“Now we’re from America but this isn’t New York City or the Windy City or Sin City and we’re certainly no one’s Emerald City,” says the voiceover of a moving Superbowl ad that seemed to be about Detroit’s toughness and pride rather than about a luxury car.The ad was a hit but I had just spent a week in Detroit meeting with friends and grantees in the midst of a snow storm that the locals shrugged off as “only” dropping 8-12 inches of snow.So you need to hear me when I say that’s Detroit swag. There are people who LOVE Detroit! Young do-it-yourselfers are choosing this city over any place else because they are feeling Detroit.20-something Emily Doerr, who plans to open a hostel in the city this spring, brims with affection when she says “Detroit is a gritty defiant place and it’s not like any other city. It’s beautiful but strong. Gritty, defiant, unique and cool is an attractive combination to young people.”
Chrysler is exploiting that pride to the hilt. Fortunately, we have writers such as Aram Sinnreich to remove the wool from our eyes:
The Super Bowl commercial, then, is a shell game. Detroit’s pain isn’t the result of some existential crisis of faith, but a direct consequence of the amoral, profit-seeking behaviors of Chrysler itself. And the prospect of “taking pride” in producing luxury goods for the elite class of business professionals who benefited from this structural economic transformation is cold comfort to the millions of impoverished families trying to keep warm by the dying embers of an industry that no longer has any use for their deep-running know-how.Karl Marx, that keen critic of class relations, called this sleight of hand “false consciousness,” and there’s something downright evil about the falseness of the promises made in Chrysler’s ad. Not only is pride out of the question, but economic rebirth certainly won’t happen just because wealthy and upper-middle-class Americans “believe” in our work force enough to purchase the goods they manufacture. The argument makes about as much sense as “trickle-down economics” (a term coined by another keen social critic, Will Rogers).The truth is, working people don’t benefit by serving wealthy people; they benefit by organizing, and by serving themselves and one another. They find pride not in abstract and lofty ideals of American greatness, but in concrete and achievable accomplishments in their own lives and communities. Shame on anyone who allows himself to believe otherwise, and shame on Chrysler.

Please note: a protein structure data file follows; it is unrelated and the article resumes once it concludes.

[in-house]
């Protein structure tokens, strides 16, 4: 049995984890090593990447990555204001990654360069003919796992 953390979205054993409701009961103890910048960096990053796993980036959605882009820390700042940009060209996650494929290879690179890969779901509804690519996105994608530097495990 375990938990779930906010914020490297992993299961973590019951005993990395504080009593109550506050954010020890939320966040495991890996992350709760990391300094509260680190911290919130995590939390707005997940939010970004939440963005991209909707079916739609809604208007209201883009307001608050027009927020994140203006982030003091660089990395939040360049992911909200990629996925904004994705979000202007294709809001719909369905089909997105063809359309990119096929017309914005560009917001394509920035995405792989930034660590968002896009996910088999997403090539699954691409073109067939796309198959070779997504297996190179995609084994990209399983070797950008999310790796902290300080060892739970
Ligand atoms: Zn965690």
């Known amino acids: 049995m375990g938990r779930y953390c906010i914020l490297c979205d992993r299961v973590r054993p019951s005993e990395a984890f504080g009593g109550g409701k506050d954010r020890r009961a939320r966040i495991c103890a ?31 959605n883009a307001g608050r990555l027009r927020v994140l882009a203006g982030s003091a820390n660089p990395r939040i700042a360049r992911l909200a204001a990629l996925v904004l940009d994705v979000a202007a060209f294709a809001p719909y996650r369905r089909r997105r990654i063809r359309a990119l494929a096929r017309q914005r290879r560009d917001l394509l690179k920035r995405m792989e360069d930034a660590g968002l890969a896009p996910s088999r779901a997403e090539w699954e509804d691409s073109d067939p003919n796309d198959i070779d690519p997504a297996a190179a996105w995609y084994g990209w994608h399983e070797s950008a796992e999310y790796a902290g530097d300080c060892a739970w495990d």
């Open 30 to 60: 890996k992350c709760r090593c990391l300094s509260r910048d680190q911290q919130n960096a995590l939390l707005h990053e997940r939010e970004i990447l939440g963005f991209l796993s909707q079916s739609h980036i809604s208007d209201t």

That Detroit grit or swag is false consciousness. As we passively watch the ad and let the positive emotions wash over us, we naturally align Chrysler with all those good feelings. We will rush out and buy American cars, stringing the capitalist world-economy along for another year or two.
With that said, don't you feel dirty for liking the ad?